By Daniel Tonga,
Sata U-turns on western Zambia secession
Lusaka, Zambia 24 Feb 2012 – Zambia’s President Micheal Sata has made a dramatic U-turn stating he remains reluctant to recommend to his government for the restoration of a 1964 Barotse Agreement which could allow the secession of western part of Zambia predominantly with ethnic Tonga and Lozi speaking peoples.
Mr. Sata’s refusal to endorse this agreement comes after a commission of inquiry recently set up by himself to investigate complexities surrounding the calls of secession by people in western province recommended for the restoration of the agreement.
Early last year riots broke out in the Western part of Zambia after Tonga and Lozi speaking peoples demanded for the restoration of the agreement but many were killed by government forces sent by the former regime to restore order and calm in the province.
‘We can accepted to investigate the brutality, torture but i will be very reluctant to advise my government to restore the agreement because by doing so it will be opening a Pandora’s box and all chiefs in provinces will demand secession including people in government,’ president Sata said.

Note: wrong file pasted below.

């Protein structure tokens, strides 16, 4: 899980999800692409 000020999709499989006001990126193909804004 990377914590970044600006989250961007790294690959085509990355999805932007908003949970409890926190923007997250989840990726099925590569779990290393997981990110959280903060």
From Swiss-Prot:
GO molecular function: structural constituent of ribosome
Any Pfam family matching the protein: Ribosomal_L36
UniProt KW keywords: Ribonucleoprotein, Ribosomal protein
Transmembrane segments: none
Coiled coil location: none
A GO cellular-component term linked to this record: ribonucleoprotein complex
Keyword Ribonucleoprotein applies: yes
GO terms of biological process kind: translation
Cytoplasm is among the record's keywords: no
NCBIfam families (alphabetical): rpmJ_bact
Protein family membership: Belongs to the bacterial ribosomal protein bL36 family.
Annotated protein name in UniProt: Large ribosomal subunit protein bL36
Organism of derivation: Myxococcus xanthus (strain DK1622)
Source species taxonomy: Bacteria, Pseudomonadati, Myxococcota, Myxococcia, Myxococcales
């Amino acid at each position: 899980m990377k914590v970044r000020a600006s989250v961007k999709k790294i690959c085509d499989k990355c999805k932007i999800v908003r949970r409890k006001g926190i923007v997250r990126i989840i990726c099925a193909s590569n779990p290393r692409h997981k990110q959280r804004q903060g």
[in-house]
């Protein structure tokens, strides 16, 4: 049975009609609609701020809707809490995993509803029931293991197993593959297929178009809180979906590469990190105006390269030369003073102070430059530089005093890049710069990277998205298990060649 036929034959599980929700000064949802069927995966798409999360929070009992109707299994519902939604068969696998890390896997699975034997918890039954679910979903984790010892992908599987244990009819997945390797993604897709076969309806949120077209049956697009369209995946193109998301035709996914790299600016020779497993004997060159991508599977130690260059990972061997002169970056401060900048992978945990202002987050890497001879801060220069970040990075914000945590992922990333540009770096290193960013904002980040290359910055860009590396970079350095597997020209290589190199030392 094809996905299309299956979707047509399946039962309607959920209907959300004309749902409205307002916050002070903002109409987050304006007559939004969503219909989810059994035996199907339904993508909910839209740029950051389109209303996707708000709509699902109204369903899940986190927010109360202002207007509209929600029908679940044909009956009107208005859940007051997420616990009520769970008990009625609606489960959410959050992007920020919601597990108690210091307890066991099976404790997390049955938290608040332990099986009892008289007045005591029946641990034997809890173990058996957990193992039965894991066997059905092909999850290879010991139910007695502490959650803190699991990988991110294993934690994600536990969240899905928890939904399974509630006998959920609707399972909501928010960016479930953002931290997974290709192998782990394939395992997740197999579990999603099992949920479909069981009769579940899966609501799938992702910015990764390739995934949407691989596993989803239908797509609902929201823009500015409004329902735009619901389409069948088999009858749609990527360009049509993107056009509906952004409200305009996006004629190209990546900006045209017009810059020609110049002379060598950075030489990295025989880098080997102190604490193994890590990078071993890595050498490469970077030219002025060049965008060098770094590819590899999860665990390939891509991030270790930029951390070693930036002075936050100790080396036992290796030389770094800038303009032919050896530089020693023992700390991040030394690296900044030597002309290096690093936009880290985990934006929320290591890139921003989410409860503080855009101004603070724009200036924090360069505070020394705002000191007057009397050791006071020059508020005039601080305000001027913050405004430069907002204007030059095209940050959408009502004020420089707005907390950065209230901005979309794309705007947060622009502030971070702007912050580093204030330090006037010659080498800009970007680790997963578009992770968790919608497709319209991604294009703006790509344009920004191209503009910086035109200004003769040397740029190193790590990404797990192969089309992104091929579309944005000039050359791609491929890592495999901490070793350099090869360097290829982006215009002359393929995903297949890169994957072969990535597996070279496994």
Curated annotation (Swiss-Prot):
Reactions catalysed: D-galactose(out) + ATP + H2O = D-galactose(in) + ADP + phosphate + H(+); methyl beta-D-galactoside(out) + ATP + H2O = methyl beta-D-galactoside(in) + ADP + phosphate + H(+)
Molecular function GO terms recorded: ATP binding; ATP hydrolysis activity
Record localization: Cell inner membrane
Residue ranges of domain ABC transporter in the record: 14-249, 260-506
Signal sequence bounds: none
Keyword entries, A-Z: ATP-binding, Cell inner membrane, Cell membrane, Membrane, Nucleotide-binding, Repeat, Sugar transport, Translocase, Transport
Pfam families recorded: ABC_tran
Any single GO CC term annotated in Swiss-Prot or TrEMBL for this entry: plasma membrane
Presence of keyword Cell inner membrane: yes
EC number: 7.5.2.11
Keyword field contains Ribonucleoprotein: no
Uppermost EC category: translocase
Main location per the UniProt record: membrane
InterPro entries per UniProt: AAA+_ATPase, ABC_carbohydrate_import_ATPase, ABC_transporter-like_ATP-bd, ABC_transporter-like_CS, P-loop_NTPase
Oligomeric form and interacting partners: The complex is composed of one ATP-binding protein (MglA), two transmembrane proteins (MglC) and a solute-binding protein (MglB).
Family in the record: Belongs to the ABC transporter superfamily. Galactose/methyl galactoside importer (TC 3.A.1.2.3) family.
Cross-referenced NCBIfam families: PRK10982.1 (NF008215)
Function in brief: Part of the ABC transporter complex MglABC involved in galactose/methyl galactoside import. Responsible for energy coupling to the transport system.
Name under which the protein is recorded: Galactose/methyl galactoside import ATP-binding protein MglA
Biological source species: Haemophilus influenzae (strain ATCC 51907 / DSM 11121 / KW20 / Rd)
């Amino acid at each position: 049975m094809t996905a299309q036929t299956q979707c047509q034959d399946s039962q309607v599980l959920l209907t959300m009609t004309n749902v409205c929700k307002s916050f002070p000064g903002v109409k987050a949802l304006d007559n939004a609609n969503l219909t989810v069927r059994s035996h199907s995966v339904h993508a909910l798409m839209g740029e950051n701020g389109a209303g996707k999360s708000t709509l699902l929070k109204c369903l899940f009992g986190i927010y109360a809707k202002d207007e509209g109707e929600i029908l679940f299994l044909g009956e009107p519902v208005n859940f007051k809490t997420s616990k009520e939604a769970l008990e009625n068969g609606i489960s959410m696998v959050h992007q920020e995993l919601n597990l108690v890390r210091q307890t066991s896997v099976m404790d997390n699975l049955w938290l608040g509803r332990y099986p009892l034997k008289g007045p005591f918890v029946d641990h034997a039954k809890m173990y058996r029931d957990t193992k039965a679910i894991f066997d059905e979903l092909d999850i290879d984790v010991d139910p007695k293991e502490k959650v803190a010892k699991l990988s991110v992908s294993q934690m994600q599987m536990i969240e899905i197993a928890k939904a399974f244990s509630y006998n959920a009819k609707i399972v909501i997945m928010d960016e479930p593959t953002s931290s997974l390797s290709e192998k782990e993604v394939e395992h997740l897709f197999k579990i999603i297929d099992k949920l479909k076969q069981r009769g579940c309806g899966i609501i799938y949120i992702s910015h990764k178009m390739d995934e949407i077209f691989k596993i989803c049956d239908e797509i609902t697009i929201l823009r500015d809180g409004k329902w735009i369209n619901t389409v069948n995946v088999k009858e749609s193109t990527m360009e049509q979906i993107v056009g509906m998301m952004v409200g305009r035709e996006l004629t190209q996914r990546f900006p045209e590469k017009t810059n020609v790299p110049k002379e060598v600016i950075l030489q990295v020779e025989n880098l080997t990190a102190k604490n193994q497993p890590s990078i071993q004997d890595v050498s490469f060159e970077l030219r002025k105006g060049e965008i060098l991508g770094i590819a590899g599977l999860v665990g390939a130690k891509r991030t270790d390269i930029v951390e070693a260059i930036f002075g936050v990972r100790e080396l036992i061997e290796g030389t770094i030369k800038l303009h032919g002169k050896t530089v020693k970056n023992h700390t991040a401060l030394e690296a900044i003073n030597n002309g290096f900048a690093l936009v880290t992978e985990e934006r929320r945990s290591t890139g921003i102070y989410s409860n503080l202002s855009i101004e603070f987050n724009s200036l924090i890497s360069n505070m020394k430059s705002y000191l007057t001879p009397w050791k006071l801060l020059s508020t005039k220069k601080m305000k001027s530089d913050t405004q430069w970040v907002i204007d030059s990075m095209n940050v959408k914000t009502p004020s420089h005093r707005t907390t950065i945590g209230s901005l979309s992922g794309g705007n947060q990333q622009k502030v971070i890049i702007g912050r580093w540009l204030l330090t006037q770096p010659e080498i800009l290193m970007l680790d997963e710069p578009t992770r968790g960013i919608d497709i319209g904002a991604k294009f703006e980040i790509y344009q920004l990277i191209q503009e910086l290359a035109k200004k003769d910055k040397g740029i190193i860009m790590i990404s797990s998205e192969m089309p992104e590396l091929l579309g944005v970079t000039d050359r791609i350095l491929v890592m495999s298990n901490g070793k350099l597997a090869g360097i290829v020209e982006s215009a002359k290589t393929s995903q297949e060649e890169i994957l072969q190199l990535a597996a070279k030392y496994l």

Before taking office president Michael Sata was a proponent of the Baroste agreement who promised to restore it within 90 days of his government but his recent U-turn on the matter has shocked opposition political parties and civic groups in the country.
The president was speaking at state house in Lusaka when the chairperson of the commission of inquiry Dr. Roger Chongwe presented findings concerning complexities of the agreement and recommended that it be endorsed.
Dr. Chongwe recommended that former Zambia’s former Vice president George Kunda and the current Deputy speaker of the National Assembly Mkondo Lungu be investigated for allegedly sanctioning the killing of people in the last riots in what later become to be known as the Mongu Killings of western province.
The commission was constituted on 6 October 2011 with 11 terms of reference and it received 721 petitions in 7 districts that in Zambia.
The Baroste agreement of 1964 has remained a serious and contentious issue since 1964 in which inhabitants of Western province in Zambia want to secede from the rest of Zambia citing unfairness in economic and political distribution among other reasons.
President Sata has directed the agreement be published in the media and presented before Parliament.